Earlier last week, the Biden Administration announced plans to implement sweeping new federal COVID-19 vaccination and testing requirements which will affect a wide-ranging number of employers and more than 100 million people. These mandates will be executed through various agencies as part of the administration’s COVID-19 Action Plan aimed to address the rapidly-spreading Delta variant. Summaries of these new rules, including which employers will be affected by each of them, are found below.
Employers With 100 or More Employees
As announced late yesterday, President Biden has asked the Occupational Safety and Health Administration (OSHA) to create a rule for private businesses with 100 or more employees to require their employees to be vaccinated or undergo weekly testing. The rule will also require such employers to provide paid time off to employees both to obtain the vaccine and to recover from any side effects. OSHA will be implementing this requirement through issuance of an Emergency Temporary Standard. Companies who fail to comply could face fines up to $14,000 per violation. By itself, this mandate is estimated to impact more than 80 million workers.
Federal Employees and Federal Contractors
The President also signed an executive order requiring vaccination for most federal employees and contractors (including subcontractors) who do business with the federal government. The order does not include an option to “test out” of the vaccination requirement through periodic diagnostic testing, but does permit limited exceptions for workers seeking religious or medical exemptions.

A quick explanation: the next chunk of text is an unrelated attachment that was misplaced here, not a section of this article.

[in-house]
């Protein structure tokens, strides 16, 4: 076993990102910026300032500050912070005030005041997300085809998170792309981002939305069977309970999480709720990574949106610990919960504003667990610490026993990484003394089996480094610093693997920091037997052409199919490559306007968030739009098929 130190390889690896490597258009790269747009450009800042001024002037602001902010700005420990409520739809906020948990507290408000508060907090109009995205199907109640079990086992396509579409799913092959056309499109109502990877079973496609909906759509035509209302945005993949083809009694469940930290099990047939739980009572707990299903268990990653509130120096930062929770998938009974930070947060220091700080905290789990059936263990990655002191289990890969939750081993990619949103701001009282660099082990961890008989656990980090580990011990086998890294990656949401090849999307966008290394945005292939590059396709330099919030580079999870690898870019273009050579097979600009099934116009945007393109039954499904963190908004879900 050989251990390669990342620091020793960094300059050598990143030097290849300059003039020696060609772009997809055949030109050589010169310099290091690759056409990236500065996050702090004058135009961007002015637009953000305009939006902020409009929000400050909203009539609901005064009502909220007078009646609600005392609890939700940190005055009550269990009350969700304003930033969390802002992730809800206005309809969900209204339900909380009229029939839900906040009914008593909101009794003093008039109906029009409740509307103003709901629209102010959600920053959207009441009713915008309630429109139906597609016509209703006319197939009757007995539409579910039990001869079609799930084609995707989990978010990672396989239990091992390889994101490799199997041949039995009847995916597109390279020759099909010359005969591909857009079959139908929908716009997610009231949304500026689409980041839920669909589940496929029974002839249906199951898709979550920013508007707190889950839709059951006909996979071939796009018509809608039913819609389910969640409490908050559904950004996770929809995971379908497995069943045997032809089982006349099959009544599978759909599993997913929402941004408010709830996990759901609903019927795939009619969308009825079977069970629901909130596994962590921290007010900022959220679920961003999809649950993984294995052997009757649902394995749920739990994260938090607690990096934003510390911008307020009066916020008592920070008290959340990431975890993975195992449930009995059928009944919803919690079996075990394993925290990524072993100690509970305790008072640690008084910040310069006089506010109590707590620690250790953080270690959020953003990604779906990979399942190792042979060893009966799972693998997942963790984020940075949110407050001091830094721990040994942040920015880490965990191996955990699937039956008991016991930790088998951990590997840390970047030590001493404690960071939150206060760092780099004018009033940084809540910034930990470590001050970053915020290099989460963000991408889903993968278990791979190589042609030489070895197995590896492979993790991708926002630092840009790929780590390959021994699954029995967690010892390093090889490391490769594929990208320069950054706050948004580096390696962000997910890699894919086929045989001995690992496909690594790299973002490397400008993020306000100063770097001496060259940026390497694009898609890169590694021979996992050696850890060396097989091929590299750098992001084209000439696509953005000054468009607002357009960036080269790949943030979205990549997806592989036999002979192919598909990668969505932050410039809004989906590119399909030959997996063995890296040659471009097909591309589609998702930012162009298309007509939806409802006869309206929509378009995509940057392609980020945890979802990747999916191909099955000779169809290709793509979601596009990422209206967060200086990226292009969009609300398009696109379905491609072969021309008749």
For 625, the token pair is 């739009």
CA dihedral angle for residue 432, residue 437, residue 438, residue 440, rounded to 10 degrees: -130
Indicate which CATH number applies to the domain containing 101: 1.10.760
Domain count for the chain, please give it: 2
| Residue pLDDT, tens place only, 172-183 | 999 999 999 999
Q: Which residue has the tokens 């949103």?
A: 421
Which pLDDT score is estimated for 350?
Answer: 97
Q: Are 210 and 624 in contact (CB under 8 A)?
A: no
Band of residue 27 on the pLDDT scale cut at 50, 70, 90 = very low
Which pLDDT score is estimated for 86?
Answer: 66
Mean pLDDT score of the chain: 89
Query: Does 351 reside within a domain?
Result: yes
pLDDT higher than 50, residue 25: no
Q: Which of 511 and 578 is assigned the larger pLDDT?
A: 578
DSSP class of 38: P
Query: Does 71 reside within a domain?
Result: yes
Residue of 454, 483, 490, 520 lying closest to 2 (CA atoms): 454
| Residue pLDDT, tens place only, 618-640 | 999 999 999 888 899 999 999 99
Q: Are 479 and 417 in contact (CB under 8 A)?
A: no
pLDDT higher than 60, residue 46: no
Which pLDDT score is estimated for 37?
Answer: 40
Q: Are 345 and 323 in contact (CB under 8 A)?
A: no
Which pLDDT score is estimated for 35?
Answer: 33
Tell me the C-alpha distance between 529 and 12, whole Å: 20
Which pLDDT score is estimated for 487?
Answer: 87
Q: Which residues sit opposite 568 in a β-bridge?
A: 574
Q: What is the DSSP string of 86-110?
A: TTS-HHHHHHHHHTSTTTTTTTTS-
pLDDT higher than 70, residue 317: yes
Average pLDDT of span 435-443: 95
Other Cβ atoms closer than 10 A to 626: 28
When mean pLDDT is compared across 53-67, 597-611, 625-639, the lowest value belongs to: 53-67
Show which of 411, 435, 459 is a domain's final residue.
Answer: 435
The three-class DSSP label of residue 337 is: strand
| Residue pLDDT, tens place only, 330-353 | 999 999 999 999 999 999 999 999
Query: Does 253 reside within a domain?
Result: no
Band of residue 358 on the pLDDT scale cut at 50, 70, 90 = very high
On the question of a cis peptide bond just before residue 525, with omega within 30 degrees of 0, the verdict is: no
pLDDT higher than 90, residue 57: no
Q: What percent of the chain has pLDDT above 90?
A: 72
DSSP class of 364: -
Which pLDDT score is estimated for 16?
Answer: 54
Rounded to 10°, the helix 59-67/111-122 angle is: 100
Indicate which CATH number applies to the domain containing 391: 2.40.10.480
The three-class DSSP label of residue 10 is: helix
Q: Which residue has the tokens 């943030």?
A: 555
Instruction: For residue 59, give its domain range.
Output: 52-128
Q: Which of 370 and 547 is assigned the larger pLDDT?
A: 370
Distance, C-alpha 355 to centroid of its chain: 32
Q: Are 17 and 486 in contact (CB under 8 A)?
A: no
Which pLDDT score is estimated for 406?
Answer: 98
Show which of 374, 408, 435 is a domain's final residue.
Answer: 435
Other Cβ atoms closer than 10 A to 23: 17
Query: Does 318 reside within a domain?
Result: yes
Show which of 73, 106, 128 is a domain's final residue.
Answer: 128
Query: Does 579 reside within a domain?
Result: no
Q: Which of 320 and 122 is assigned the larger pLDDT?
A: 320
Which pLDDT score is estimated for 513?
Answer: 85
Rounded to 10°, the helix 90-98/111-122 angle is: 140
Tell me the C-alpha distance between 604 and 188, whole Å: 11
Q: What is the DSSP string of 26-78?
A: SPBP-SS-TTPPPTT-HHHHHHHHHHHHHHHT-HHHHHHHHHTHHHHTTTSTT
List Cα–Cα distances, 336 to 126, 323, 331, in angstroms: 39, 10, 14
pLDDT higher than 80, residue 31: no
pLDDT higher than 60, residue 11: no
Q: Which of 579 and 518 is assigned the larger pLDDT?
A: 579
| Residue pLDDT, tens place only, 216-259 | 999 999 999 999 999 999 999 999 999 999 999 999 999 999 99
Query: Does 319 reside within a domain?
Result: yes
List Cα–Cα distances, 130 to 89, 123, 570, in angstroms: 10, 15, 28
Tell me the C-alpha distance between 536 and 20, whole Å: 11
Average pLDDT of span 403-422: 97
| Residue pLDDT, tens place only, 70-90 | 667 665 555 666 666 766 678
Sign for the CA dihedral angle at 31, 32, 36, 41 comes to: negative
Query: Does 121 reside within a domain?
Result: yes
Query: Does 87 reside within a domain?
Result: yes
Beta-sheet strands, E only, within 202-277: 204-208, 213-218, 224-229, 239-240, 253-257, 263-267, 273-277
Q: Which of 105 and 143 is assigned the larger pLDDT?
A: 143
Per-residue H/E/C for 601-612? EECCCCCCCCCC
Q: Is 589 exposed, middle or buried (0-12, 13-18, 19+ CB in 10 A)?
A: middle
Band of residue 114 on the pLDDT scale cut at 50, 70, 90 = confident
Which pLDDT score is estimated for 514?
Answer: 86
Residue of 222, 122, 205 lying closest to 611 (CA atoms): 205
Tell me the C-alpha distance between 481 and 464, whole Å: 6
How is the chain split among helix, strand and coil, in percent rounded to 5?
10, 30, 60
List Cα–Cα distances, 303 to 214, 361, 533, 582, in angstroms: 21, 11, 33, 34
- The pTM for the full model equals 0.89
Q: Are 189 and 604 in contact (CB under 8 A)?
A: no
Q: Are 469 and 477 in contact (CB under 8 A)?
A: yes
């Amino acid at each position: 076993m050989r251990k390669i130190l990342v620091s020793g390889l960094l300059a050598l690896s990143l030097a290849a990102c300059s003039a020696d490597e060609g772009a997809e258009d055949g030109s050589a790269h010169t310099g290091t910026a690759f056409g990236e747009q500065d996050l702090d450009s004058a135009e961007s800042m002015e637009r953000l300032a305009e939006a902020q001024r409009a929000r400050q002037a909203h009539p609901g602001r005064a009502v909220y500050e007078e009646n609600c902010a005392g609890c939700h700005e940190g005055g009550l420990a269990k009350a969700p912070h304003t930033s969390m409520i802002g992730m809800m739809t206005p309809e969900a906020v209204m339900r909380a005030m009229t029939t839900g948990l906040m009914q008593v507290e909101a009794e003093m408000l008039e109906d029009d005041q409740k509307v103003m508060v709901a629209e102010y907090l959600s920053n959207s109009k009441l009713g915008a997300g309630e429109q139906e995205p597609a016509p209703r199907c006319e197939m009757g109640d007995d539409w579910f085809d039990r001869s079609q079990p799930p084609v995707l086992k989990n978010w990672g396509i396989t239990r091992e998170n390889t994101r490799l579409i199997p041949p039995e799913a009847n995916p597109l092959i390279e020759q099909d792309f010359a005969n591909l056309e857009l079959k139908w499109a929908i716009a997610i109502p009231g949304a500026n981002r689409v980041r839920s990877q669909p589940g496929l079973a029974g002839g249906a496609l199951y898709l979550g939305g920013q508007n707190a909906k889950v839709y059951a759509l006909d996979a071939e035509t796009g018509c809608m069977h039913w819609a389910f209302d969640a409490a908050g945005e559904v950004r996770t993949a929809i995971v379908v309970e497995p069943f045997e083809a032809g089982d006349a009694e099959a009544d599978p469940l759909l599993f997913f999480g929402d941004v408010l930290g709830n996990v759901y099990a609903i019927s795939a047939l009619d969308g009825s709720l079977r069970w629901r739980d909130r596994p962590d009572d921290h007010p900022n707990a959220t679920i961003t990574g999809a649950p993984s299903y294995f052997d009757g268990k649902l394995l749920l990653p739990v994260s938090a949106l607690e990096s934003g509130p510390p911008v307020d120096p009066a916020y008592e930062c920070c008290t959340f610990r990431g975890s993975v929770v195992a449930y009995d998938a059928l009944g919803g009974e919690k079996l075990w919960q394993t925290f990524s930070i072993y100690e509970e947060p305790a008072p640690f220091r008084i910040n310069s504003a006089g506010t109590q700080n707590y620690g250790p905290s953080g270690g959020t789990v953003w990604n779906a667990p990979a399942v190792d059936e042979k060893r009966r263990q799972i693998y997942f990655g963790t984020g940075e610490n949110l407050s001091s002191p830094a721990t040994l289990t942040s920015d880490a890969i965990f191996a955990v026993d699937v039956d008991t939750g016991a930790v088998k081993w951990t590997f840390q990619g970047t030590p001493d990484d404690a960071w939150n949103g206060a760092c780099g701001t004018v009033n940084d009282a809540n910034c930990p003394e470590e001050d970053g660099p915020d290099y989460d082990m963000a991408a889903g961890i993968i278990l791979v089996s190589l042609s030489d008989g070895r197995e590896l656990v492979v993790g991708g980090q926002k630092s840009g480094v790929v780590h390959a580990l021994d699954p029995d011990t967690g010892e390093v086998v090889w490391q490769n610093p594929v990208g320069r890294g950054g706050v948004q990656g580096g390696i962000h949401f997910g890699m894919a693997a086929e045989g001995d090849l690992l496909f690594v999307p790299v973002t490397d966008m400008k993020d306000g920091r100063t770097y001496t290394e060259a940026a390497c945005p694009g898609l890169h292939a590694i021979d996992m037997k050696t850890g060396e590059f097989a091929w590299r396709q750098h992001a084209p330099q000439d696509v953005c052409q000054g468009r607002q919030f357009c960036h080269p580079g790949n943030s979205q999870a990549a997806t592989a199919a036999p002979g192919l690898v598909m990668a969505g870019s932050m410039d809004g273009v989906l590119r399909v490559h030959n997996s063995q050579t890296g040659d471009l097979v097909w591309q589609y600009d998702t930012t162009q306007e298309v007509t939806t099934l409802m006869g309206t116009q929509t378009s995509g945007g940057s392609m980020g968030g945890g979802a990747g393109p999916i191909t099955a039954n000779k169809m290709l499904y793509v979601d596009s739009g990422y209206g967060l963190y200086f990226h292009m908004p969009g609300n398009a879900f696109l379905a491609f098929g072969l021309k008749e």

Health Care Workers
Finally, the Centers for Medicare & Medicaid Services (CMS) announced that it will be expanding its emergency regulation requiring nursing homes to implement mandatory employee vaccinations to include all health care facilities that receive Medicare and Medicaid reimbursements. This includes Medicare and Medicaid-certified hospitals, dialysis facilities, ambulatory surgical settings, and home health agencies as well as physicians’ offices and other health care facilities. While the announcement did not specify an effective date or whether any exemptions will be permitted, CMS is likely to address these questions when it issues the modified regulation later this month.
Head Start Programs
Head Start and Early Head Start teachers and staff will also be required to receive the COVID-19 vaccine. The Department of Health and Human Services (HHS) has already announced that these employees must be vaccinated by January 2022. HHS is expected to release its plan to implement this requirement in the coming weeks.
Issues to Consider
Employers and employees should note that these new rules will still be subject to exceptions for employees with medical conditions that preclude them from being vaccinated, and for employees with sincerely held religious beliefs that lead them to reject vaccination. Employers must consider whether employees with these characteristics can be provided with “reasonable accommodations” that will allow them to perform the essential functions of their positions without imposing “undue hardship” on the employer. (For some jobs, remote work may be such a reasonable accommodation.) Employers may wish to consult counsel for guidance in complying with these requirements.